Newspaper Page Text
VOLUME 1, NUMBER 342. rTeeUy, E.tabUshed i860; D?fljr, Janis, ?1?. ANDERSON, S. C, SUNDAY MORNING, NOVEMBER 1, 1914. $5.00 PER ANNUM PRICE FIVE CENTS
WAR DECLARED BETWEEN TURKEY AND RUSSIA
The French, Germans, R
* Claim Progress at ^
rious Armies Are Fig]
Not Exceeded Since 1
Of Interest* Shifts t<
S Russians Have Resun
There is heavy" fighting nearly
everywhere along the cntreched line
in Belgium and France and in the
eastern zone virtually from the Bal
tic Sea to the southern side of the
. Carpathians. News that has been per
mitted to filter through official chan
nels ls not sufficient, however, to.
sh(,\7 clearly what any of the c en
tender? has gained or lost.
The French, the Germans, the Rus
sians and the Austrians all claim
progress at various points, but none
asserts that a decisivo advantage has
been gained. From all sides, however,
the official reports continue to show
heavy casualties and that large cap
tures of prisoners and of munitions of
war are taking place.
Frunce, through her parliament, ap
,' pirently has given evidence -of her de
'.f.rmination to prosecute the war to
(tie end. Both branches of parliament
iMve passed unanimously the govern
ment's bill appropriating $1,700,000,
. OOO to meet the expenses of the next
ab months, including the cost ot the i
A newspaper dispatch from Athens j
i asserts that Austria twice has tried !
to make peace with Servia, but that
each time Servia declined the propo
The London stock exchange will
reopen for business January 4, but'
trading will be restricted by strin
gent regulations Imposed by the cras
Great Britain will indemnify from
the public funds peoplo who suffered
from the, recent German navalrald,
>on the east coast of England.
-Rome has received a rumor that,
Emperor Franois Joseph of Austria
Hungary ls dying.
Queen Wilhelmina has decided per
sonally tb take Sl.??O.OOO of The
Netherlands' war loan or $110,000,
(Dy Afcsocia-.crt Press.)
LONDON, Dec. 23.-The Allies In
the west, the Gormans in Poland and
the Russians in East Prussia and
Galicia continue offensive operations,
but the advances have been so slight
as to be almost imperceptible. In the I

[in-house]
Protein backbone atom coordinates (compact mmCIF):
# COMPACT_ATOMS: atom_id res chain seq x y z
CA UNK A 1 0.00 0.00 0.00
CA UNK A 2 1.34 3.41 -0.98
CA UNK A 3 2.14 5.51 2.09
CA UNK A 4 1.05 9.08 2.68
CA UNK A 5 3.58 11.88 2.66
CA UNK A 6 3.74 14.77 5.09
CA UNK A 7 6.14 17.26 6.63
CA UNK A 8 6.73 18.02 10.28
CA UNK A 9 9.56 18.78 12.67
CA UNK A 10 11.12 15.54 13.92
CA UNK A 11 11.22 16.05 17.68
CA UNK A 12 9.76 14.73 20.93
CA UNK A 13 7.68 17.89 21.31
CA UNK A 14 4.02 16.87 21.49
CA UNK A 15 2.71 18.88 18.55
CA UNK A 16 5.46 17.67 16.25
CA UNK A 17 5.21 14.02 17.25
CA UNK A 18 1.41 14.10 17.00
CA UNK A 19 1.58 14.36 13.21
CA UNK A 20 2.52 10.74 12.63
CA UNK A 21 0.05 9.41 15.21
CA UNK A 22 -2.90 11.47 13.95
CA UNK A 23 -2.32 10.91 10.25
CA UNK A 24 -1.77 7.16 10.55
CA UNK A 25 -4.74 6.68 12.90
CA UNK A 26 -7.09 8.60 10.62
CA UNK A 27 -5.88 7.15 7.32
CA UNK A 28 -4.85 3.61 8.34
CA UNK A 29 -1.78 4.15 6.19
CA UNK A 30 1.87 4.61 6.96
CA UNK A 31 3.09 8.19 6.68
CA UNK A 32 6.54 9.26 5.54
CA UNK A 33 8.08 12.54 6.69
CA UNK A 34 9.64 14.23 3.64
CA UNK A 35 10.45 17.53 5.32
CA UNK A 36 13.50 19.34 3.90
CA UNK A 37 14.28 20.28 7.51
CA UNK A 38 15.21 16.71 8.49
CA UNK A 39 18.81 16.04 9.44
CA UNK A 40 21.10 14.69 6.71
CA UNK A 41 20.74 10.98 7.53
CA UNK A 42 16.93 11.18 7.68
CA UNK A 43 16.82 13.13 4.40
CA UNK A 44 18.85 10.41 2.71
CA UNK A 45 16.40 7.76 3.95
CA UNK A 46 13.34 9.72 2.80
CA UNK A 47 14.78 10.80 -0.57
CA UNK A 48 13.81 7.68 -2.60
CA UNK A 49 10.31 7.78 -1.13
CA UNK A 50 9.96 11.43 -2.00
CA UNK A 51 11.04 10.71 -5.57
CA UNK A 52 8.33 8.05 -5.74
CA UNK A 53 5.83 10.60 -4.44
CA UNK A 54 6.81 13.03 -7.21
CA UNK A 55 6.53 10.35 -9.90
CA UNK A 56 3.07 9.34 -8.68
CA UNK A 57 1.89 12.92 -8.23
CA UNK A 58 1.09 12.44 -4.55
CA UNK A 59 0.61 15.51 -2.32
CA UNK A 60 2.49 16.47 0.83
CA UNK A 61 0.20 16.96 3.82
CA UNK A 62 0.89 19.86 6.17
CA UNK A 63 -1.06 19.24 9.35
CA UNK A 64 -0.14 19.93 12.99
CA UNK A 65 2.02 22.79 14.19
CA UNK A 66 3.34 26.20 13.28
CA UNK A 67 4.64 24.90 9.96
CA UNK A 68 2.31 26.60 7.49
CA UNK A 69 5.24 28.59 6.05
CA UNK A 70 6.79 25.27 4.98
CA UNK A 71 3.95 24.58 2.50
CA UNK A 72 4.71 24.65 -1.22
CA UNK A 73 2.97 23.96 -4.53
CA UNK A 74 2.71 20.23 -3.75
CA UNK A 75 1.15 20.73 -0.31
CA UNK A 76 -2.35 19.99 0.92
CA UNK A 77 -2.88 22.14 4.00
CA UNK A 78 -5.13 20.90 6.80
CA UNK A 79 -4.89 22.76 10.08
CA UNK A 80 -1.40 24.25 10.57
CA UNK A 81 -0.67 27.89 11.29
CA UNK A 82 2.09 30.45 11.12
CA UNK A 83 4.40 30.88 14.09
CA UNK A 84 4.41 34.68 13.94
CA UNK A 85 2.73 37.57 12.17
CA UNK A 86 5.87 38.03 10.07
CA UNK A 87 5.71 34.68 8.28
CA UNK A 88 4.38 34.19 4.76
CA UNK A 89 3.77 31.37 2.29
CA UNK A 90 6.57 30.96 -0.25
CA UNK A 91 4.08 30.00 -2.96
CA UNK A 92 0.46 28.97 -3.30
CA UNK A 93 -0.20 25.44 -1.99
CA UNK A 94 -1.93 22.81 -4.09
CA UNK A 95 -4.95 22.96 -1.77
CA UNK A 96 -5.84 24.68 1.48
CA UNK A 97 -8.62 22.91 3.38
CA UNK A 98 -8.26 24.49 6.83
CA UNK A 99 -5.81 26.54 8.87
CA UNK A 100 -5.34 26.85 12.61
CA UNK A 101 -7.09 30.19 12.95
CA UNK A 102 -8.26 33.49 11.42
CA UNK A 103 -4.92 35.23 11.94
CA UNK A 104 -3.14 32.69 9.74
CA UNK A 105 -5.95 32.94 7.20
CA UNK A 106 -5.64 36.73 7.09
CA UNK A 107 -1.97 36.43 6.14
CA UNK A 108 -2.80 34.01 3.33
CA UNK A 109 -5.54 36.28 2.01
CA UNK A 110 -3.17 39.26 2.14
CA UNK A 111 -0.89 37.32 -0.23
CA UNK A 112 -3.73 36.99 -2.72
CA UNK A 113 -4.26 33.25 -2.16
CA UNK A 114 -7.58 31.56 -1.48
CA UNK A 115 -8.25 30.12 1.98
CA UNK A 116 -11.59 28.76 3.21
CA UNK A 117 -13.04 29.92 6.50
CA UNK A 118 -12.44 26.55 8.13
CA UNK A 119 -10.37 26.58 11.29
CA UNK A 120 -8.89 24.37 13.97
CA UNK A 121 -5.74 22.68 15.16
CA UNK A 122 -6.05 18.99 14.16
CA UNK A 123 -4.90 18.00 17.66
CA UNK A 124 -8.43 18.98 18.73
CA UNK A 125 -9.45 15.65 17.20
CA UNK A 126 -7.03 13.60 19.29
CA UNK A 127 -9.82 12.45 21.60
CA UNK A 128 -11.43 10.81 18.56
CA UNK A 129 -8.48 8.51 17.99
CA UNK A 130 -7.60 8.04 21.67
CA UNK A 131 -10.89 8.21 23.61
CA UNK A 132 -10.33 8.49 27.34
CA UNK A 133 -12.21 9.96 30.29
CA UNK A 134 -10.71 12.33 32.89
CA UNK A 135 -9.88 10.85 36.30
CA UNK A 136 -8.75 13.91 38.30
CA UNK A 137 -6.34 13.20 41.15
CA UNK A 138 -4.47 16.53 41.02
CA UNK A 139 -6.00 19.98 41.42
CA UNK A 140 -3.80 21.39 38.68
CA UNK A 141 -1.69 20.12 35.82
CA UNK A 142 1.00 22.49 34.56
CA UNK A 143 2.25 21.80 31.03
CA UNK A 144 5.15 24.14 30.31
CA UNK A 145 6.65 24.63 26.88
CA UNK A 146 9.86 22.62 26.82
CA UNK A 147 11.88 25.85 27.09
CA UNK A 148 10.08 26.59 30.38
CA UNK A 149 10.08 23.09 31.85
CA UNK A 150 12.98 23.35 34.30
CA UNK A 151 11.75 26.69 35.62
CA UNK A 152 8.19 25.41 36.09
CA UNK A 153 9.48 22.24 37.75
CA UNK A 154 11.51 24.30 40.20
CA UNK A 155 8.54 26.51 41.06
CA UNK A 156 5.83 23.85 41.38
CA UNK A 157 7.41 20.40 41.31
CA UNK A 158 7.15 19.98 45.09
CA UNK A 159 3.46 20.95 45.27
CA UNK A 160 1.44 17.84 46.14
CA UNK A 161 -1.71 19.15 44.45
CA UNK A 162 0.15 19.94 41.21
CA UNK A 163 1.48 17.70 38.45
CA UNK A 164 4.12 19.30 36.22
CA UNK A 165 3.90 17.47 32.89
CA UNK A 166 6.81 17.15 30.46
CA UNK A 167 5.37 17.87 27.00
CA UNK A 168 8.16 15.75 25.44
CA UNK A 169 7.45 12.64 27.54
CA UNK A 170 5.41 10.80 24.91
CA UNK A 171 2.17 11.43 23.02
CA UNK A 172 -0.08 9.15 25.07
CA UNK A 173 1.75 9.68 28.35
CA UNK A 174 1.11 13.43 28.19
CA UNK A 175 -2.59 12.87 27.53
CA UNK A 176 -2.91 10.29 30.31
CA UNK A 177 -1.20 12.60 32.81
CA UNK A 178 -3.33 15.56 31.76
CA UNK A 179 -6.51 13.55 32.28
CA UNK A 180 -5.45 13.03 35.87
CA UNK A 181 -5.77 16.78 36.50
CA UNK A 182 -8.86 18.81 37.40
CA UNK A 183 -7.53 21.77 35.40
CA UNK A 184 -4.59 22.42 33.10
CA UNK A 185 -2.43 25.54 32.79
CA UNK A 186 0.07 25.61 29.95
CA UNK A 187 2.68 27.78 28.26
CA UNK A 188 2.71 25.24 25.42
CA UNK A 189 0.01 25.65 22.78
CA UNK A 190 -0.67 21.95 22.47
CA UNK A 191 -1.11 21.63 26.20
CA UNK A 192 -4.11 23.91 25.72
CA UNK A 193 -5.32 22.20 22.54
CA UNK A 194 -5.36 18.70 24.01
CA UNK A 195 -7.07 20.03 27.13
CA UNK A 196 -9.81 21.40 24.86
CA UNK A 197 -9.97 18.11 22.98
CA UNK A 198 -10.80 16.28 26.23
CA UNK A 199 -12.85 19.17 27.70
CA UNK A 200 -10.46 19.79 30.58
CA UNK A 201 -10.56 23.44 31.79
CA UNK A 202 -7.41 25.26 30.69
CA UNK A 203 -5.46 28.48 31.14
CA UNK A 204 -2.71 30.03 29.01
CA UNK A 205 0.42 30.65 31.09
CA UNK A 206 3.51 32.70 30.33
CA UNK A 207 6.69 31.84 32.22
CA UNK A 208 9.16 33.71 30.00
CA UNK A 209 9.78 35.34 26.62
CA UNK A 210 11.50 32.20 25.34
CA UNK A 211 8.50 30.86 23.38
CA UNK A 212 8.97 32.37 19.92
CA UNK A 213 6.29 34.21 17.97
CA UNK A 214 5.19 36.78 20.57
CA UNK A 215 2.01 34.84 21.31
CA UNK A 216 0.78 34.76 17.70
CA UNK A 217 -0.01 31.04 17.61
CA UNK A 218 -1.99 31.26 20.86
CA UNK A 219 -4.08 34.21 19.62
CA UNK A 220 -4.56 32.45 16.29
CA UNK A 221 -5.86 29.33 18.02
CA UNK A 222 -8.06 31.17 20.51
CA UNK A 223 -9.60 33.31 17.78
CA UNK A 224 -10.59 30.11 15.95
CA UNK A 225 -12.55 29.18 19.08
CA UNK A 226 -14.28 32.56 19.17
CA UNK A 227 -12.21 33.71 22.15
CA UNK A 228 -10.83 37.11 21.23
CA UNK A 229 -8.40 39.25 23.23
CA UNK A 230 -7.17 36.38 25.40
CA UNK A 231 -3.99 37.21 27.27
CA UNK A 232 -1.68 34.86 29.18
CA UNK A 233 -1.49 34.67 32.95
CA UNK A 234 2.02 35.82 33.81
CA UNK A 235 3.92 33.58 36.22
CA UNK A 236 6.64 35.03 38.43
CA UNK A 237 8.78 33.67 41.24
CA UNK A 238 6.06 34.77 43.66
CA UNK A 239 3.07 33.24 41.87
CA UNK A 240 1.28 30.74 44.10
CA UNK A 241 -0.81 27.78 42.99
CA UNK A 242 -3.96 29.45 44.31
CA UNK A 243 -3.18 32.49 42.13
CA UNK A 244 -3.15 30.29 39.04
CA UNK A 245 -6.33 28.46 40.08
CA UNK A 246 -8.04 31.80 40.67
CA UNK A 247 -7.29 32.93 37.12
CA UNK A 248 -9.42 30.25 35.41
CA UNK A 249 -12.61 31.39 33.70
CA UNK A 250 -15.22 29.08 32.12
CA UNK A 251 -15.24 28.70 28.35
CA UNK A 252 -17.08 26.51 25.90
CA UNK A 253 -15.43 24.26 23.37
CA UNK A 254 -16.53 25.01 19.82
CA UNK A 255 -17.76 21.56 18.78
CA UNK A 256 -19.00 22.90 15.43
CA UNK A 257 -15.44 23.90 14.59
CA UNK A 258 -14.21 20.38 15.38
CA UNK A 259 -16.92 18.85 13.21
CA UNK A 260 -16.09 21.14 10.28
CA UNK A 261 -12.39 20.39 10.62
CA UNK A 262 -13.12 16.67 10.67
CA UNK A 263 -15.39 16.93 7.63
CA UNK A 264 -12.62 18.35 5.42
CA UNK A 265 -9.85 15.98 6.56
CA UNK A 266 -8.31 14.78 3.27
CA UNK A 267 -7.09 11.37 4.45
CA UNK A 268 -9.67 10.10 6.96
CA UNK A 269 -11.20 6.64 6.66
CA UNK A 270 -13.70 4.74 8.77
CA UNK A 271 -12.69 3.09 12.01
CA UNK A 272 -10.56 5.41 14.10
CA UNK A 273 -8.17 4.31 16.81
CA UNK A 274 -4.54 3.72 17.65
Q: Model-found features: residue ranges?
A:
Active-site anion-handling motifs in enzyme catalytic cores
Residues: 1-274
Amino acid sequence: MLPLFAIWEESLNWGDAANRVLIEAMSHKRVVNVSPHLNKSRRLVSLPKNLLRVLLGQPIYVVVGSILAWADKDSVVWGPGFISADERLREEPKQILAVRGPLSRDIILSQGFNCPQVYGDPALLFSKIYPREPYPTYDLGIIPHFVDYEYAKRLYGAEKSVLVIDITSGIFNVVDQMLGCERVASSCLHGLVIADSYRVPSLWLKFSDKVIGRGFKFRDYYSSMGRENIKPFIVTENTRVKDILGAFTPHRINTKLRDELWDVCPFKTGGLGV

long run, however, the ground gained
may provo vital and the various ar- |
rales are fighting. with an intensity j
not exceeded since the war began. !
In .Poland the center of Interest has '
shifted slightly to the* south. Finding I
the direct road to Warsaw blocked
by Russian reinforcements, the Ger- -
mans made an attack from the south
west and have reached Sklerniewice.
some 40 miles from the Polish cap?
tal. They -thus far have . failed to
. pierce the -Russian lines, but have
forced Grand Duke Nicholas to with
draw from before Cracow. In this.
. one of the chief. aims of their of
fensive against Russia, the 'Germans
have been successful.
?n Galicia the Russians have re
sumed the offensive against the Aua
tro-Gennah forces which haw poured
In from the west and across the Car
pathians. According to th J latest
Petrograd, report, tho Rim?i-._.m have
Inflicted heavy losses on these torces,
while In the north they have pursued
back Into the interior of East Pru?
Southern States R
"_t?y AtaoeiatM Pre*?.) .
' NEW YORK, Dec. 23.-Southern
States rank third, while western
States have favored slightly above tho
eastern.awd middle Atlantic group In
the general education board's dona- ?
tion of $10,582.691 to the cause of ?du
cation, according to a fourth install
ment of the board's report, made pub
To western States the report seta.
forth there han been given outright
$3,967.781 and partial eotlributions.
Ute exact amount of which ia ?ot
stated, have bees ' made to a supple
menter eena of $15,408.741. To .cas
ern abd middle Atlantic States the
sum given, outright was $3,662,136;
the supplemental sum to which the
board subscribed an amount not de
signated, was $154147.$$?; Southern
States. received outright $8.052.625 :
. and the supplemental sum to which
the board contributed in this case was
* Following are the donations made
lo educational institutions in the
muth by the board since Rs Inception:
Maryland 1250,600; Virginie $490.
600; North Carolina $$$7.41$; South
Carolina $154.17$; Georgia $$$$.383;
Alsbama $21.700? MUasiasipp; $159,
russians and Austrians All
Carious Points-The Va
tting With an Intensity
the War Began-Center
o the South in Poland,
led the Offensive Against
ss in Galicia.
sia a Maali Cern?an army which made
a Teint at Warsaw from tho northeast.
I Although thc Allies have scored
, some successes in the west, they arc
' meeting with stubborn resistanco and
I military men warn the public that
very heavy casualty lists must bo ex
pected before any serious impression
can be made on the German entrench
Activity Beems to have been 'resum
ed along the Belgian coast, for it ts
announced that thc Allies have made
slight progress between the sea and
the road from NIcuport to Westende
At other points similar fighting is
nroceeding here with success and
there reverse or failure of attack.
Airmen on both sides have been
busv and aeroplanes have been
swarming over Belgium, the fliers re
connoitering movements of the oppos
ing troops and occasionally dropping
bombs. Bruges and Brussels bave
been visited by aviators from the
ranks of the Allies while Bethune and
other townB in northern Prance have
received attention from Um Gormans.
Cranted Xmas Leaves
WEST PUNT, J?. Y., Dec. 23.
I More than 300 cadets of the three up
per classes of the Military Academy
have been granted . Christmas leaves
ranging from foqr to eight days from
toady. The entire "plebe" class must
remain here over the holidays.
Bl LUNCH STUND
Swarm Into Room and Behind
Counters and Destroy Proper?
ty Valued at $50.00
Special to Thc Intelligencer.
GREENVILLE, S. C., Dec. 23.